Tributes have been paid from the world of comics and in his home area of Angus to celebrated artist and cartoonist Frank McDiarmid following his death at the age of 85.
In a distinguished career, he became known as the ‘Master of Cheekery’ through the antic of his most popular creations.
Born in Clydebank, Frank was brought up Moss Park, Glasgow and attended the city’s Allan Glen’s school.
Following two years of RAF National Service, he moved to Dundee in 1955 to train as a comic artist with D C Thomson.
It was the beginnings of a career which would see him become one of the profession’s most celebrated names.
His work on comics including the Beano and Dandy saw Frank draw famous figures such as Roger the Dodger, which he continued to do after turning freelance more than a decade later.
Frank also applied his skills to straight art in titles such as Rover, Hotspur, Wizard and Adventure.
Best known for Cheeky work
He was best remembered for Cheeky and drew at least two thirds of that comic’s characters, including the title figure as well as Posh Claude, Lily Pop and Walter Wurx.
Frank admitted to being “gloriously happy” seeing his work on display in newsagents up and down the country.
He continued to receive fan mail and requests to draw Cheeky for special occasions and said he was always happy to oblige.
Frank later moved to Carnoustie with his late wife, Moira, and latterly to Arbroath.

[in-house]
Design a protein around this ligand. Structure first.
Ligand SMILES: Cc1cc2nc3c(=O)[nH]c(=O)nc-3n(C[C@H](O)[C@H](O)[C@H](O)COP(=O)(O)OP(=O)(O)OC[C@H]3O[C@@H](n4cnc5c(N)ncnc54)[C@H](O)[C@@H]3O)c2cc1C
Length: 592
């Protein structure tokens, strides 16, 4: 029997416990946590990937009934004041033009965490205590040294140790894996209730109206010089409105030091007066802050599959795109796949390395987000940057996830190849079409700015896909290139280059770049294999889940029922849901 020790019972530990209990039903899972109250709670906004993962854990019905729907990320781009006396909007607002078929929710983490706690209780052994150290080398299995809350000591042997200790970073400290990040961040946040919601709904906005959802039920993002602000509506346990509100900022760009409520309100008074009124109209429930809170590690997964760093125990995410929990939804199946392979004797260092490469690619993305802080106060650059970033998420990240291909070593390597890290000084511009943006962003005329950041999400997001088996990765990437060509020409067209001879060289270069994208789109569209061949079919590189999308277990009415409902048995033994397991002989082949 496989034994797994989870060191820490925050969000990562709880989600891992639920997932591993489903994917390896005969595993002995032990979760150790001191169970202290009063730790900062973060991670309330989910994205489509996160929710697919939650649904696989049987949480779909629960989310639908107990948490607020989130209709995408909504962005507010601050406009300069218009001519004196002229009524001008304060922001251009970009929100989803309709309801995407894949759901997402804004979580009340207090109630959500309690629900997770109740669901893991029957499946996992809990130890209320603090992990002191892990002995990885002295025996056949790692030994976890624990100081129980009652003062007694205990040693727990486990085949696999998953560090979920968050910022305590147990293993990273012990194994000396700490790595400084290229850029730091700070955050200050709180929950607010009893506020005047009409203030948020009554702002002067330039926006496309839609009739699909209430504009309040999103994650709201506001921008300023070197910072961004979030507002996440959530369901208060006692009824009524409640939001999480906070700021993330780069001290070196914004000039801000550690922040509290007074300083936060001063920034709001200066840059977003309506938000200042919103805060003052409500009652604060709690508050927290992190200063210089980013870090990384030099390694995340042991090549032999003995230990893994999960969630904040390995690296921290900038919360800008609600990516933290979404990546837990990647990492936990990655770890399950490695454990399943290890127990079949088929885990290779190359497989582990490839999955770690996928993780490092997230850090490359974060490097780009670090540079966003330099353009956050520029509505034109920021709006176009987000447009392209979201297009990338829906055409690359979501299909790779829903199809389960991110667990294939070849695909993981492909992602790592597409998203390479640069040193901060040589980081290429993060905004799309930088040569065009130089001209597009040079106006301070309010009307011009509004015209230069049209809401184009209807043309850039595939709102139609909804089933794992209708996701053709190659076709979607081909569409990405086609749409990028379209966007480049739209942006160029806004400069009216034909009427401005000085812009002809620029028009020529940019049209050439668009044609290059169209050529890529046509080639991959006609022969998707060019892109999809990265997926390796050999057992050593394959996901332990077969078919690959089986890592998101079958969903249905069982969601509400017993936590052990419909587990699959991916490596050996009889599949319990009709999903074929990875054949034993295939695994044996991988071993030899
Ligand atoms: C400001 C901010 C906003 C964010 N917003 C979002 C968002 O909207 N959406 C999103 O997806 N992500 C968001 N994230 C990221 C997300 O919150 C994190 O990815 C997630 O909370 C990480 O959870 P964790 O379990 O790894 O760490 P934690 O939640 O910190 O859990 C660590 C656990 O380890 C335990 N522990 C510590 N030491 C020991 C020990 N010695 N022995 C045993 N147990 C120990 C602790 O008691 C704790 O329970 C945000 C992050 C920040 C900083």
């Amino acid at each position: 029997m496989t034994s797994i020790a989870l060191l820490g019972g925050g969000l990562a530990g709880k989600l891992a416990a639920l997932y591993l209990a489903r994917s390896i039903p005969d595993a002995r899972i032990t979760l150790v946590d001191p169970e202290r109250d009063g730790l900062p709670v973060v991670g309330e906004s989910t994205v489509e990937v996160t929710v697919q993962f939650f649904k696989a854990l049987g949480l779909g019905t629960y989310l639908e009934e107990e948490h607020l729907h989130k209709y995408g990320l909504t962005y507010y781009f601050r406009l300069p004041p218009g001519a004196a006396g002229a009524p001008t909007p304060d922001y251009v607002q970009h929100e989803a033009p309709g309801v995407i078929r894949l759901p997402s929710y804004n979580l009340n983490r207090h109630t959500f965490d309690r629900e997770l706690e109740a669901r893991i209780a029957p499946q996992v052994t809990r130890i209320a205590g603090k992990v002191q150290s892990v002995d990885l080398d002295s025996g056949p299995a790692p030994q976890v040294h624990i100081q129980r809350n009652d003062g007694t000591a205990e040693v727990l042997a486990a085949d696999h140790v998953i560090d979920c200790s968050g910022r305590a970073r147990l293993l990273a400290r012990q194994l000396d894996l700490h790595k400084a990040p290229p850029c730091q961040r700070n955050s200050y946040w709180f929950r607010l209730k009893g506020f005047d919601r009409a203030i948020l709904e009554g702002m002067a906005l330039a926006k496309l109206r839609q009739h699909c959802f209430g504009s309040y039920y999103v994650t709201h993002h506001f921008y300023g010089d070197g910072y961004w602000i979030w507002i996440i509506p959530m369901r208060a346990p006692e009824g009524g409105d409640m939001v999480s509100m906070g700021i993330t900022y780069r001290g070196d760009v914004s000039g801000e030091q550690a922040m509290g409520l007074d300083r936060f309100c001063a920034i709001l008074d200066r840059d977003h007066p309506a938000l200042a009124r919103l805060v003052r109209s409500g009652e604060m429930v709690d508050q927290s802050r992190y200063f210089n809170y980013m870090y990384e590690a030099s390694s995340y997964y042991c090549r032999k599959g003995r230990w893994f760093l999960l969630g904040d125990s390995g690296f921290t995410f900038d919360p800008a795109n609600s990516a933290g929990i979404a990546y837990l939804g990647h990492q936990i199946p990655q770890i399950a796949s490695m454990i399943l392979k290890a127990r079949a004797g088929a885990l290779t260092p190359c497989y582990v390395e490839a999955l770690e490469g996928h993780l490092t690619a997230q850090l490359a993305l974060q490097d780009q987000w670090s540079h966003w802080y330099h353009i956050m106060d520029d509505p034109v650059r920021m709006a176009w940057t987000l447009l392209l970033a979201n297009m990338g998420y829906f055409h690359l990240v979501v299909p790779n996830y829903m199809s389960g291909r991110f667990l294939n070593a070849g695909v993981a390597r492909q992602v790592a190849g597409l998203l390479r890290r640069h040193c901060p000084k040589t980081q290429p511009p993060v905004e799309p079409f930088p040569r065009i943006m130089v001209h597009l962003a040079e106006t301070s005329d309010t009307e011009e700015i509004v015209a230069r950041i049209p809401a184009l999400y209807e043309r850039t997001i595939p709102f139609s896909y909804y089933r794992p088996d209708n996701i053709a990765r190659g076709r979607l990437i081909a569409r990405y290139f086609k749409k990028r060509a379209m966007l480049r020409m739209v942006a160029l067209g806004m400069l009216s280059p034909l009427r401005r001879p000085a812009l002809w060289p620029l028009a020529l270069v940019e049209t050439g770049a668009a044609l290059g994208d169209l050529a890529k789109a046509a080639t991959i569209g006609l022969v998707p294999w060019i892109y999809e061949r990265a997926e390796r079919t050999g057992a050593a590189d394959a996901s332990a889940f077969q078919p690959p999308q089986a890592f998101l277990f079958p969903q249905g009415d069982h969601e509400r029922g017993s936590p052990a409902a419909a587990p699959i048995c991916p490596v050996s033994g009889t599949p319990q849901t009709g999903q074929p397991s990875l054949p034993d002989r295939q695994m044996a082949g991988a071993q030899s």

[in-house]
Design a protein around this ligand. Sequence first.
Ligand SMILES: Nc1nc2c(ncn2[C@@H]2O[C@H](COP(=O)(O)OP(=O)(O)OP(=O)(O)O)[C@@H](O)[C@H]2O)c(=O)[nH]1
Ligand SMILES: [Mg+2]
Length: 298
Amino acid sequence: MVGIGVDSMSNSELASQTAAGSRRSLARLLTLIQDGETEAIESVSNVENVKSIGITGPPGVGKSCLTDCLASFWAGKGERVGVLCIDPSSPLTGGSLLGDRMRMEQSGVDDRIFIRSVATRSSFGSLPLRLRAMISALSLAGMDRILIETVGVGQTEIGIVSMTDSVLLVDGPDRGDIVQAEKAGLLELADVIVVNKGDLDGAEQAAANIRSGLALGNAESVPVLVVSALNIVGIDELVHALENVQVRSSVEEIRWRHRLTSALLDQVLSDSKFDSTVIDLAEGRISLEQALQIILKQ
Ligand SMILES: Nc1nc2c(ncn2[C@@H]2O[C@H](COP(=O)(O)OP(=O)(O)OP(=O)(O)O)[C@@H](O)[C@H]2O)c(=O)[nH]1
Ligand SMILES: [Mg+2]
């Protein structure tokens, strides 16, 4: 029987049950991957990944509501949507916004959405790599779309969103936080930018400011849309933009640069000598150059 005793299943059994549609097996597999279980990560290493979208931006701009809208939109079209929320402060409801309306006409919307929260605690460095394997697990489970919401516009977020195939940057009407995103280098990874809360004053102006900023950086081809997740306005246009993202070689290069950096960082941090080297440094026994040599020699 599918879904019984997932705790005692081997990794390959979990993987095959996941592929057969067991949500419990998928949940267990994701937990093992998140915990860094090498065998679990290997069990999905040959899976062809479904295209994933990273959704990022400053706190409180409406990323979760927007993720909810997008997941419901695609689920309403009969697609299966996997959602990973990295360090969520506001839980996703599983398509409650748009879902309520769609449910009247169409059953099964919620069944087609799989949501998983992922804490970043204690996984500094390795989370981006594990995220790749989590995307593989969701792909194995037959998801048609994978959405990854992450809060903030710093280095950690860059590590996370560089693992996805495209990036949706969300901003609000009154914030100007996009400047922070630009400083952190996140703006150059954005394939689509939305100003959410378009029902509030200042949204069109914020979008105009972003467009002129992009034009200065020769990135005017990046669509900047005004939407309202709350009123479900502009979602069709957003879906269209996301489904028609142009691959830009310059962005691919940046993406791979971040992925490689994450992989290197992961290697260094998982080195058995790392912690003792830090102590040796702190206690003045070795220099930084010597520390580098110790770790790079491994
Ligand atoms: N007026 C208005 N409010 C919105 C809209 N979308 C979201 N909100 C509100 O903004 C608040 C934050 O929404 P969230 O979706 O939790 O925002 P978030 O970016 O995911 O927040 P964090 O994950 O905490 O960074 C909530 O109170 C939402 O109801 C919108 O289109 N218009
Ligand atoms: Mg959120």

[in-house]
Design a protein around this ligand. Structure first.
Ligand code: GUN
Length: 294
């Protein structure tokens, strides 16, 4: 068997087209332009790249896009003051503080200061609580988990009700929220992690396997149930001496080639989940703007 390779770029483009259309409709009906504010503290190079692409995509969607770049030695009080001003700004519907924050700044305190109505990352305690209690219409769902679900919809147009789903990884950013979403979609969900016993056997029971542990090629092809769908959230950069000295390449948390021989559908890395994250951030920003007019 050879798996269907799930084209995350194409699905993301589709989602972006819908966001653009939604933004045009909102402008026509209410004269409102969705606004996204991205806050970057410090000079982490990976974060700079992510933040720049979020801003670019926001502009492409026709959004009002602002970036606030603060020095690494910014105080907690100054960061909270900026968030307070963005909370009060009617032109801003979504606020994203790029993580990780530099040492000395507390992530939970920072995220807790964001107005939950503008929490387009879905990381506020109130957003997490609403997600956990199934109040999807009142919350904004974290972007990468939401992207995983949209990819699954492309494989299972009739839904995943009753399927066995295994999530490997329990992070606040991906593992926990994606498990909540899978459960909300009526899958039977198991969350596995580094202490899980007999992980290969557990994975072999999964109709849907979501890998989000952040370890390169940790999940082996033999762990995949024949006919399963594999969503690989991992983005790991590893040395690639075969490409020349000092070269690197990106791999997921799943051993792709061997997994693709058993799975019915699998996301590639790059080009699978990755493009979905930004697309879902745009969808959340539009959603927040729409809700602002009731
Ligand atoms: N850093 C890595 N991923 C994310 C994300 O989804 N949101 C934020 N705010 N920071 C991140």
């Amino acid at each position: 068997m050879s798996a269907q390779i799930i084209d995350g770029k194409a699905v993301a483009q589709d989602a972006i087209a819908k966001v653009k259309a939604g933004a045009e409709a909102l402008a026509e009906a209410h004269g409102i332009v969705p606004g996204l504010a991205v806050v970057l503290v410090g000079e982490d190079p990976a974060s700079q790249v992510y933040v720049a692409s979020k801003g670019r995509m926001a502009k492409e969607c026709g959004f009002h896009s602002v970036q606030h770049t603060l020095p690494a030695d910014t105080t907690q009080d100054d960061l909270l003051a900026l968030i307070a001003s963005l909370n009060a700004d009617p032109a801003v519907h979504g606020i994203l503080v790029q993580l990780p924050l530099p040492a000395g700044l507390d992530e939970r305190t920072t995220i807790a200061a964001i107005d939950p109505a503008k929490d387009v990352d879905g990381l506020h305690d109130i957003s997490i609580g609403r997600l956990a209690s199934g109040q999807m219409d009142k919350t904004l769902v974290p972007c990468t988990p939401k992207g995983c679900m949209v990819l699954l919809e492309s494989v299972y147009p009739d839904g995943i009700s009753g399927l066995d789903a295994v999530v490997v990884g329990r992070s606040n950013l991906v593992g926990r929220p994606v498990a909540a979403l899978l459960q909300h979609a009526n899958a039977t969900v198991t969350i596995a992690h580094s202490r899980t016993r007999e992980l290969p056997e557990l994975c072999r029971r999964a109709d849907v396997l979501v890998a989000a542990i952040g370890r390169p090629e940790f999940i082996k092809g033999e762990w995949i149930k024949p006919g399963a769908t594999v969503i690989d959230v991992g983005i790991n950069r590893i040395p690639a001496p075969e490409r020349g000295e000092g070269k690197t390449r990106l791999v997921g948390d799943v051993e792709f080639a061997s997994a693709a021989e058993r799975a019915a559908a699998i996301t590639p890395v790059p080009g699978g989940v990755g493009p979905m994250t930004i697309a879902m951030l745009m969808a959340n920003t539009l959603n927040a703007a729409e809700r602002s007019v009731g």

He served as chairman of Carnoustie Community Council and in Arbroath was past president of the town’s Musical Society and president of the Art Society.
Frank introduced Rotary Arbroath Day to showcase the towns many organisations and Rotary club members paid tribute to him at their latest weekly meeting, staged online due to the pandemic.
He also served with the Arbroath Courthouse Trust to secure the building for local community ownership, a goal which was achieved at the end of last year.
A long-standing supporter of both Arbroath Cricket Club and Arbroath FC, he owned the Turnkey Gallery in the town for many years.
As well as teaching art, his other works including landscapes were appreciated by a wide audience and he had a two-month display at Stracathro Hospital in 2019.
He is survived by his wife, Helen, three children, three stepchildren, ten grandchildren and one great grandchild.